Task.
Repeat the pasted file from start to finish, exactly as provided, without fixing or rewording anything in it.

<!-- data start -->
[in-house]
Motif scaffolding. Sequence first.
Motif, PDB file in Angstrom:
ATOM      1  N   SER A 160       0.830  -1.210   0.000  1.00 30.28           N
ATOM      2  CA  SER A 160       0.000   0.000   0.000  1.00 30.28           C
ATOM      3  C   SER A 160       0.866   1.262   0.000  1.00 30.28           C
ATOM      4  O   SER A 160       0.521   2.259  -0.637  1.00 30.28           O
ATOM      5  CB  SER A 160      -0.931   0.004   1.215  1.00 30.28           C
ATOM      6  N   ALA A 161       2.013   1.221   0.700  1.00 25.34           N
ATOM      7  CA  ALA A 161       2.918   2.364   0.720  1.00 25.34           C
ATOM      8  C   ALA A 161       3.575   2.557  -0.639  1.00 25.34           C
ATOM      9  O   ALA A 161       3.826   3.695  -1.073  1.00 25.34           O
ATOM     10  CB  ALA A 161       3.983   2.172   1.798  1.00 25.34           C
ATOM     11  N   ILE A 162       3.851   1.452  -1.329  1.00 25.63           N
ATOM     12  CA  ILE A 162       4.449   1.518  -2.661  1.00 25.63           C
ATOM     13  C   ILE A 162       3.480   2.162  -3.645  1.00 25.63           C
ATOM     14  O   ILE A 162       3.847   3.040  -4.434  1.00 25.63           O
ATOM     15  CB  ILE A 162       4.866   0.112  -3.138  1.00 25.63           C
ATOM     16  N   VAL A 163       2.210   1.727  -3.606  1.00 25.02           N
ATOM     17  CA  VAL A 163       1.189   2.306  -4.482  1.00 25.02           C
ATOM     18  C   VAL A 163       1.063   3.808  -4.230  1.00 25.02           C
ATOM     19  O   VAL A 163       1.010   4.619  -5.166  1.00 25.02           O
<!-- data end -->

[in-house]
Motif scaffolding. Sequence first.
Motif, PDB file in Angstrom:
ATOM      1  N   SER A 160       0.830  -1.210   0.000  1.00 30.28           N
ATOM      2  CA  SER A 160       0.000   0.000   0.000  1.00 30.28           C
ATOM      3  C   SER A 160       0.866   1.262   0.000  1.00 30.28           C
ATOM      4  O   SER A 160       0.521   2.259  -0.637  1.00 30.28           O
ATOM      5  CB  SER A 160      -0.931   0.004   1.215  1.00 30.28           C
ATOM      6  N   ALA A 161       2.013   1.221   0.700  1.00 25.34           N
ATOM      7  CA  ALA A 161       2.918   2.364   0.720  1.00 25.34           C
ATOM      8  C   ALA A 161       3.575   2.557  -0.639  1.00 25.34           C
ATOM      9  O   ALA A 161       3.826   3.695  -1.073  1.00 25.34           O
ATOM     10  CB  ALA A 161       3.983   2.172   1.798  1.00 25.34           C
ATOM     11  N   ILE A 162       3.851   1.452  -1.329  1.00 25.63           N
ATOM     12  CA  ILE A 162       4.449   1.518  -2.661  1.00 25.63           C
ATOM     13  C   ILE A 162       3.480   2.162  -3.645  1.00 25.63           C
ATOM     14  O   ILE A 162       3.847   3.040  -4.434  1.00 25.63           O
ATOM     15  CB  ILE A 162       4.866   0.112  -3.138  1.00 25.63           C
ATOM     16  N   VAL A 163       2.210   1.727  -3.606  1.00 25.02           N
ATOM     17  CA  VAL A 163       1.189   2.306  -4.482  1.00 25.02           C
ATOM     18  C   VAL A 163       1.063   3.808  -4.230  1.00 25.02           C
ATOM     19  O   VAL A 163       1.010   4.619  -5.166  1.00 25.02           O